However, if we check these numbers against the more independent information from the Special Inspector General for Afghanistan Reconstruction, we find both Thomas’ claim of low attrition for commandos and the current force level for commandos in the Defense Department report to be misleading. →']);" class="more-link">Continue reading
Afghan President Hamid Karzai is in Washington this week for a visit that culminates on Friday in a meeting with President Barack Obama and Secretary of State Hillary Clinton. He also meets with outgoing Defense Secretary Leon Panetta on Thursday. As I described in November, the US and Afghanistan are negotiating a Status of Forces Agreement that lays out the ground rules for any US troops that remain in Afghanistan beyond the planned withdrawal of combat troops by the end of 2014. As was the case with the SOFA for Iraq, the key sticking point will be whether US troops are given full criminal immunity. When Iraq refused to grant immunity, the US abruptly withdrew the forces that had been meant to stay behind.
Both the Washington Post and New York Times have prominently placed articles this morning couching the options on the number of troops to remain in Afghanistan beyond 2014 in terms of strategy for achieving US “goals” there, but the options described now include the “zero option” of leaving no troops behind after 2014. Unlike the case in negotiating the SOFA with Iraq, it appears that at least some of the folks in Washington understand this time that the US is not likely to get full immunity for its troops with Afghanistan, and so there should be some planning for that outcome. Both articles openly discuss the real possibility of a zero option with no troops remaining in the country, although the Times actually suggests full withdrawal in the article’s title (“U.S. Is Open to Withdraw Afghan Force After 2014″) and the Post hangs onto hope of several thousand troops remaining with its title (“Some in administration push for only a few thousand U.S. troops in Afghanistan after 2014″).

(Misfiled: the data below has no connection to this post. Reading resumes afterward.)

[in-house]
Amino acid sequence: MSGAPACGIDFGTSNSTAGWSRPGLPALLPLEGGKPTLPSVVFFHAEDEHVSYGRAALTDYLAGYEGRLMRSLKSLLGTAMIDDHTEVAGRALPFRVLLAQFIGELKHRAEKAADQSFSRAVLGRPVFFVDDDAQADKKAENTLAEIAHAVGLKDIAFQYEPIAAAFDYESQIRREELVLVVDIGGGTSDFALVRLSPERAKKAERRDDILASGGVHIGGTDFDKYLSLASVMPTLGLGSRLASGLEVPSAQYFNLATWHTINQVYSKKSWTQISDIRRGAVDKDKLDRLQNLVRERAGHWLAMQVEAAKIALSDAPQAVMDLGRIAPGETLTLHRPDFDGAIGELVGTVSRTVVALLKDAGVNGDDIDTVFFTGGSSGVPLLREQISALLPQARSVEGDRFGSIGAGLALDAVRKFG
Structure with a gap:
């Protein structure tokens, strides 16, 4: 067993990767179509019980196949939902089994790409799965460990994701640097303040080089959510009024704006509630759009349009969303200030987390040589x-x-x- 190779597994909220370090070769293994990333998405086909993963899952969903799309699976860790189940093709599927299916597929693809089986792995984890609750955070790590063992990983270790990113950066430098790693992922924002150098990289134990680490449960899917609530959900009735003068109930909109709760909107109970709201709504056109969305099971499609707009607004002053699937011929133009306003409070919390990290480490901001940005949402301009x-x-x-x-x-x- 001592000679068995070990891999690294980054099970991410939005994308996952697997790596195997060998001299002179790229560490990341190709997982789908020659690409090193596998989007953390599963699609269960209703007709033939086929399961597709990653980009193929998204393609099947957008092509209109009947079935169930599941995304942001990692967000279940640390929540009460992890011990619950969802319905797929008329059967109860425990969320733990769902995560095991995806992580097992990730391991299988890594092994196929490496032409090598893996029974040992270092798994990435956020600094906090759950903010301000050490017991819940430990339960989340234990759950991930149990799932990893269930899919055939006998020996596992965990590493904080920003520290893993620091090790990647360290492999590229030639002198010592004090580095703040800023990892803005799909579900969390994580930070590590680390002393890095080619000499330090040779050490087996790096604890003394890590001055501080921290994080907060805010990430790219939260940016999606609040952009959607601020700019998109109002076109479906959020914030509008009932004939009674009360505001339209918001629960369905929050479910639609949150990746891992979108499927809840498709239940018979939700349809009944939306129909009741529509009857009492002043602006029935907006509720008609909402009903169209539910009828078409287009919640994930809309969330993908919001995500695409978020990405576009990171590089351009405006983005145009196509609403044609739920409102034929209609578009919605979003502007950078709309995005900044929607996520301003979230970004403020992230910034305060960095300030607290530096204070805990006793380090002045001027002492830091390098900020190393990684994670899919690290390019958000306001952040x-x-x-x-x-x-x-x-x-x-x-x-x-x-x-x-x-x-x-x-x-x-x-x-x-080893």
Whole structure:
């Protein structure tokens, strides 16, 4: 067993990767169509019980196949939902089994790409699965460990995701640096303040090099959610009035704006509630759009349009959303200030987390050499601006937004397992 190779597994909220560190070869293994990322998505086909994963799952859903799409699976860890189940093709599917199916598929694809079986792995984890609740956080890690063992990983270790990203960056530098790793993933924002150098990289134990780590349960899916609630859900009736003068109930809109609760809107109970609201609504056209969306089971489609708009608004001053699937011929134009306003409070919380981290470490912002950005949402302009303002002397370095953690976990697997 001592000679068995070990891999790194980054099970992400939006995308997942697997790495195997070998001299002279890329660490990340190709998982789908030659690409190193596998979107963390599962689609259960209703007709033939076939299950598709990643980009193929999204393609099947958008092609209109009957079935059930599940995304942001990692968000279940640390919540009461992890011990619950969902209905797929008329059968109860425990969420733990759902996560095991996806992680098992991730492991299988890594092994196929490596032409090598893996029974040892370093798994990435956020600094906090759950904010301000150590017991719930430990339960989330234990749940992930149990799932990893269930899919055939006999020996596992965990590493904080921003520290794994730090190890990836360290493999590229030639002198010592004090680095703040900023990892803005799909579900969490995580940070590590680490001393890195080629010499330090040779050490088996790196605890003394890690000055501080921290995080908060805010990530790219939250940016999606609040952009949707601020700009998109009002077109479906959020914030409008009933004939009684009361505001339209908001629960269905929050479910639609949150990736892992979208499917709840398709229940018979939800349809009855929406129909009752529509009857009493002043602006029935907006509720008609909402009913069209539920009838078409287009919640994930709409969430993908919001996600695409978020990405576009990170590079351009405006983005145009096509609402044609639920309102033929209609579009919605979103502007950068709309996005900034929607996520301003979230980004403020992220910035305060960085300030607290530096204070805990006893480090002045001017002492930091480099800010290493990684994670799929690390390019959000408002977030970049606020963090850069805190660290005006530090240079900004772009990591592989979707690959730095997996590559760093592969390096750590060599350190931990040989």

After describing the possibility of a zero option, the Times article then suggests that it is merely a negotiating tool to be used on Karzai, failing to note anywhere in the article that the zero option would be driven by Afghanistan refusing to confer immunity:
While President Obama has made no secret of his desire to withdraw American troops as rapidly as possible, the plans for a postwar American presence in Afghanistan have generally envisioned a residual force of thousands of troops to carry out counterterrorism operations and to help train and equip Afghan soldiers.
In a conference call with reporters, the deputy national security adviser, Benjamin J. Rhodes, said that leaving no troops “would be an option that we would consider,” adding that “the president does not view these negotiations as having a goal of keeping U.S. troops in Afghanistan.”
Military analysts have said it is difficult to conceive of how the United States might achieve even its limited post-2014 goals in Afghanistan without any kind of troop presence. That suggests the White House is staking out a negotiating position with both the Pentagon and with Mr. Karzai, as he and Mr. Obama begin to work out an agreement covering the post-2014 American role in Afghanistan.
That oblique reference to an “agreement covering the post-2014 American role in Afghanistan” is as close as the Times article gets to describing the SOFA as the true determinant of whether US troops remain past 2014. At least the Post understands this point and that it hinges on immunity: →']);" class="more-link">Continue reading